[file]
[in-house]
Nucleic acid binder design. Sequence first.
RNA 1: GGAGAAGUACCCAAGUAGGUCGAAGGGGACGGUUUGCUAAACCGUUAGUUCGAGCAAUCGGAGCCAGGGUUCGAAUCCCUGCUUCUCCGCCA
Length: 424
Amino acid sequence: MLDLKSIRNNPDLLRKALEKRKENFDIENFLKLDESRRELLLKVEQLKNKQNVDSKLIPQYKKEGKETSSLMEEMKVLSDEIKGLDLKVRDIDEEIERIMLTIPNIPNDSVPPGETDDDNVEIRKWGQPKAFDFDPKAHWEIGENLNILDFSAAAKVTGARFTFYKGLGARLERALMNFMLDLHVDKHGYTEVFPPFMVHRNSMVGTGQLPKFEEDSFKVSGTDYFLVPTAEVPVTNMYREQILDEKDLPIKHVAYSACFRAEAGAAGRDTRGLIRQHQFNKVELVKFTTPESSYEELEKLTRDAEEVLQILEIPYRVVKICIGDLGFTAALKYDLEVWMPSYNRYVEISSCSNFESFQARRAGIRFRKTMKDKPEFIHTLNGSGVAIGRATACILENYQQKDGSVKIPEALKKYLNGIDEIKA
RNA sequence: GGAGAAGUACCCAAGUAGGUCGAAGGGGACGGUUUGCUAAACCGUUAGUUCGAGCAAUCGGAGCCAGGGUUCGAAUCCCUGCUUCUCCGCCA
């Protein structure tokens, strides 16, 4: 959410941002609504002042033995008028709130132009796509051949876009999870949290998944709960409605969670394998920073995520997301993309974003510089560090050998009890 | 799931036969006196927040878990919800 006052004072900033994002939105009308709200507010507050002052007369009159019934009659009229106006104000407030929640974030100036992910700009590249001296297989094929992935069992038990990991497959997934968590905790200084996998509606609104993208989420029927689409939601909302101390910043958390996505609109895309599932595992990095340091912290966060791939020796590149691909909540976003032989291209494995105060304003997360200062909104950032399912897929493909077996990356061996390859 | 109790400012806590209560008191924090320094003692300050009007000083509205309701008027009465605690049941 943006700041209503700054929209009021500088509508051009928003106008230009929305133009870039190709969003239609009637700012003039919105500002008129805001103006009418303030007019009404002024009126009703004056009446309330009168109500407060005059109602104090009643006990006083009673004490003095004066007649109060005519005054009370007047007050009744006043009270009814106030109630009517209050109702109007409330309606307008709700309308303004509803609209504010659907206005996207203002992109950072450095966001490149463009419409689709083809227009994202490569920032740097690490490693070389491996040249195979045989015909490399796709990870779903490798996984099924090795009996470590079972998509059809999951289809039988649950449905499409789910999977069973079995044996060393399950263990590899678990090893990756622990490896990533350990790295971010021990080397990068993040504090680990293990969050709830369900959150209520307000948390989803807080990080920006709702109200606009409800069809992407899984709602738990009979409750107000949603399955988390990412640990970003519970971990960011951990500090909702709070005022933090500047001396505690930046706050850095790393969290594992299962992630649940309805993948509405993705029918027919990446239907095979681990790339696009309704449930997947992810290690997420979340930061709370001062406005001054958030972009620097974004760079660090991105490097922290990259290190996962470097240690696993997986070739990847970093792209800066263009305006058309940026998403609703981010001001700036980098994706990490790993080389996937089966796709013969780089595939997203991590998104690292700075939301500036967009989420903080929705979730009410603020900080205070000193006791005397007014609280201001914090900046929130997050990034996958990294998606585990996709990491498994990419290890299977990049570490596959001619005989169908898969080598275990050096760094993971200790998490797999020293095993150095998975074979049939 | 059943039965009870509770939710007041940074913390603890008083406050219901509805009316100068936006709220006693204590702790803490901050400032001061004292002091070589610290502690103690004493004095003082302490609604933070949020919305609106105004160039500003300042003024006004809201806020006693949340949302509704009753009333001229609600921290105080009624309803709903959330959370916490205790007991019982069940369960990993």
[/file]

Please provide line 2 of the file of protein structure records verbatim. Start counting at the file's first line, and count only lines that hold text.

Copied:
Nucleic acid binder design. Sequence first.